Last week the economic case for Scottish Independence, which had been quietly decaying for some time, finally collapsed into rubble. General Expenditure and Revenue for Scotland (known as GERS), a report published by the Scottish government itself, revealed that had the country voted Yes in September 2014, the newly independent Scotland would find itself with a deficit twice as large as the UK’s currently is, an unsustainable state of affairs. With the continuing uncertainty over the oil revenues, rather than inaugurating the new nation with generous childcare policies and new investment programmes, Scotland would be facing austerity measures that would make even George Osborne quiver in his boots.
Stop a stranger on the street and mention GERS, however, and most people in Scotland will look blankly at you. Some may think you are referring to a nickname for Rangers, a once-great Glasgow football team, but most won’t know what you are talking about. While some dense statistics may be just the ammunition pro-union politicians have been looking for in order to attack Nicola Sturgeon (whose evasive reaction to the GERS report was beyond parody) - it will not even register on, let alone change, many voters’ minds. Unionists should therefore be modest, for they may have been vindicated but it does not mean they have won the argument. The Independence Referendum was certainly not decided by numbers alone.
During that debate, the Better Together campaign ran on the complacent assumption that a clear majority of Scots would never countenance the idea of independence and that public opinion would not significantly shift over the course of the campaign. As it turned out, arguing for the status quo proved surprisingly challenging, especially when (as is so often the case in politics) the status quo was far from perfect. With just a little charisma and some populist sentiment, the advocates of change found their message went a long way.
Many have pointed out the parallels between the Scottish referendum and the current debate over Britain’s membership of the EU, especially when it comes to the “passion” question. Boris Johnson, Nigel Farage and George Galloway may not be the most impressive line-up of politicians ever to lead a political campaign, but each of them understand something about the importance of appealing to hearts as well as minds. For all of his career, Farage has been beating the drum about “taking our country back” while caricaturing the EU as an incompetent and undemocratic institution from which we urgently need to extract ourselves. Like Johnson and, to a lesser extent, Galloway, his charisma helps him convey his message.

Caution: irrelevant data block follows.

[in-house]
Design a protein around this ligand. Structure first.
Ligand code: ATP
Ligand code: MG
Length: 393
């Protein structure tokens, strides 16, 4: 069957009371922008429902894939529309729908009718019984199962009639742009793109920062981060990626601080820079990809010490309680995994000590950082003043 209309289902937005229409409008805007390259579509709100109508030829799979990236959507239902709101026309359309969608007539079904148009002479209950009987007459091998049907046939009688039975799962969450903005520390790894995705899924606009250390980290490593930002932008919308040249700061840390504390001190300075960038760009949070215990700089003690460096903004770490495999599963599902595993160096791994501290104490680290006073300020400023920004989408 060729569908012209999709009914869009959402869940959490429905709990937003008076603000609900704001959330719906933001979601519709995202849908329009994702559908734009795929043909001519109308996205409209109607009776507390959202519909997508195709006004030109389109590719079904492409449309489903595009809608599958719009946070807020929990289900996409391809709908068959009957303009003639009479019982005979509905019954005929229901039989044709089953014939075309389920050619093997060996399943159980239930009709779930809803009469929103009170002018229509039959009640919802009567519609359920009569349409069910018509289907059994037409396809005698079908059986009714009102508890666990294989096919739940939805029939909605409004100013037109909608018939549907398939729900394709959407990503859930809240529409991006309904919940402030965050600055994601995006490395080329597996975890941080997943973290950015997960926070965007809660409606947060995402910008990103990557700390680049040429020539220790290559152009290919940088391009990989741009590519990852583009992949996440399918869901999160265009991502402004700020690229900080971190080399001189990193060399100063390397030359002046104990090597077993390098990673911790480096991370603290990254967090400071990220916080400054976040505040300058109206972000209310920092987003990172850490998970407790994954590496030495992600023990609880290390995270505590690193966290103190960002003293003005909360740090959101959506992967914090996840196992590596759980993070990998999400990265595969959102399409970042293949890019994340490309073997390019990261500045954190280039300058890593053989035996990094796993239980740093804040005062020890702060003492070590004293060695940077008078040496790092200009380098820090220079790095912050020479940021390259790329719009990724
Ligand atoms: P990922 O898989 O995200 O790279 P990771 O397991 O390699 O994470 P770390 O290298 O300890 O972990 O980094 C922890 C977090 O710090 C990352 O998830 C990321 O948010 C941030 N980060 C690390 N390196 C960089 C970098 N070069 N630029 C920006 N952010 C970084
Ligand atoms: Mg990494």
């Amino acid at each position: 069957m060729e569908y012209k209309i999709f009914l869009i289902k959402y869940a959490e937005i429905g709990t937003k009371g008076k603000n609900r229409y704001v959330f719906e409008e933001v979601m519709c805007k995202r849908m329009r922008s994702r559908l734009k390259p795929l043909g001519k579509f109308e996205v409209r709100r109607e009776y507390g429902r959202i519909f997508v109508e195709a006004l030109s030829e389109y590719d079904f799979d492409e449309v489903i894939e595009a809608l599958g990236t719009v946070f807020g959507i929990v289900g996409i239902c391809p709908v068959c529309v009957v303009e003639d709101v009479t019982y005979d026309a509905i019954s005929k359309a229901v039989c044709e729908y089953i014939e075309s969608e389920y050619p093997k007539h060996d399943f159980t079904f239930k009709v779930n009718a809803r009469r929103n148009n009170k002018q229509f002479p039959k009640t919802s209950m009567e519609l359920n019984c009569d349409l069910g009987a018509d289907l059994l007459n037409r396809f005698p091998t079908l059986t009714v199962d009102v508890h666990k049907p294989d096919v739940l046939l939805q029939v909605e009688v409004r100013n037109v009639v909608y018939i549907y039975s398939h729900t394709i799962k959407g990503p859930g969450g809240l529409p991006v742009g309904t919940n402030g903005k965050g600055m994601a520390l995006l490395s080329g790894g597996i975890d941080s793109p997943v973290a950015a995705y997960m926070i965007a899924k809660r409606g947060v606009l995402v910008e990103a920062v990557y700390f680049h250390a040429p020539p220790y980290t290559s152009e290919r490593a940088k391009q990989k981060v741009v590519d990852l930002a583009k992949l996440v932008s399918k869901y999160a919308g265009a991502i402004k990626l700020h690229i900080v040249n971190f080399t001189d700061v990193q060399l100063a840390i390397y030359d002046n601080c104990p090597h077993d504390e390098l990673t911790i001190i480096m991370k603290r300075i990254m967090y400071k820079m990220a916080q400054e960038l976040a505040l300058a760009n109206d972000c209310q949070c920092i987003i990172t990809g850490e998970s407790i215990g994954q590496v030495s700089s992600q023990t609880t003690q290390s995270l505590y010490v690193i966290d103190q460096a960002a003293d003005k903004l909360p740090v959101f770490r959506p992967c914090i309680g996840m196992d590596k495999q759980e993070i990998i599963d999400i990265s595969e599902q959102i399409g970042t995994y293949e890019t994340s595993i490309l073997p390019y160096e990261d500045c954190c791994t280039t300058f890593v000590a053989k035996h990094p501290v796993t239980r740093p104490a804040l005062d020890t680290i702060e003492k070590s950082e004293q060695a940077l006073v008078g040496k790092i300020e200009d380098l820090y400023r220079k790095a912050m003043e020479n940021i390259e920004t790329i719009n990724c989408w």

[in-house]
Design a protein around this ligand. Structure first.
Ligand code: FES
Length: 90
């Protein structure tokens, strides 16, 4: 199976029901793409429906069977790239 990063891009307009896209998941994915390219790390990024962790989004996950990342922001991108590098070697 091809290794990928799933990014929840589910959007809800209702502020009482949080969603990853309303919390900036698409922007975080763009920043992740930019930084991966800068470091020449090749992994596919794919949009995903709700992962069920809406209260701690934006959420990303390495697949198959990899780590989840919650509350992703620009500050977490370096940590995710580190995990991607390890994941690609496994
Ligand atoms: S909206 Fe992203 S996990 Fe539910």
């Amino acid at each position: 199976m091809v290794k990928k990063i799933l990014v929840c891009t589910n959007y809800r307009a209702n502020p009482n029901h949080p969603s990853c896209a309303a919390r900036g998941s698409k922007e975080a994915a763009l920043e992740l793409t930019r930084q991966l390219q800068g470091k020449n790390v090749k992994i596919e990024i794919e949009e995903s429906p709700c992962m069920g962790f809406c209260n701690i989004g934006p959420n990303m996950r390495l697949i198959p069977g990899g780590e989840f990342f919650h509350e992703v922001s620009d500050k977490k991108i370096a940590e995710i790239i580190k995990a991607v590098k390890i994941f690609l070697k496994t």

Now look across to the other side. In recent weeks, Iain Duncan-Smith and other Tory Eurosceptics have lambasted the timid and reductionist Remain campaign. It hasn’t got a Boris or a Farage, its most high-profile supports instead being business executives unknown to most people, figures such as Mark Carney (nobody’s idea of a populist), as well as a Prime Minister who is known to prefer pragmatism over passion. This week Tony Blair has expressed his concern over the perceived bloodlessness of the Remain campaign, adding that unless there is more “vigour and determination” from the pro-EU side, they may end up throwing away a referendum they seem on course to narrowly win.
It is difficult to tell if facts will be more persuasive than feelings when it comes to the EU debate. With Scotland, especially as the referendum debate reached its conclusion, there was a palpable sense that a lot was at stake. Politicians and pundits didn’t need to claim that it was “the most important decision in a generation” because many voters knew it without being reminded. However, when it comes to the EU Referendum, the latest “most important decision in a generation”, the country seems less bothered. This may change as the 23rd of June approaches, but it remains the case that Europe has always been quite low on the average voter’s list of concerns, as turnout in countless European Elections has demonstrated.
Turnout will decide this referendum, and the most important driver of turnout is age. In many ways, the EU debate is the opposite of the Scottish one, as it is the older voters who support change while the younger voters prefer the status quo. Low turnouts tend to work in favour of the change/leave side, as their voters are determined enough to make their way to the polling station, while the “Remain” voters have less of an incentive to go out and reaffirm their support for the way things are. That is why it is imperative that the Remain side has a bold message if it wants to convince the majority of Britons come referendum day. Dry statistics have their place, but there must be a grander, more rhetorical argument about what it would mean for the country, and how it would look to other European nations, if we gave the EU a big middle finger.
The clock is ticking. Be timid, as Better Together learned, and your unassailable lead will vanish like ice cream on Midsummer’s Day.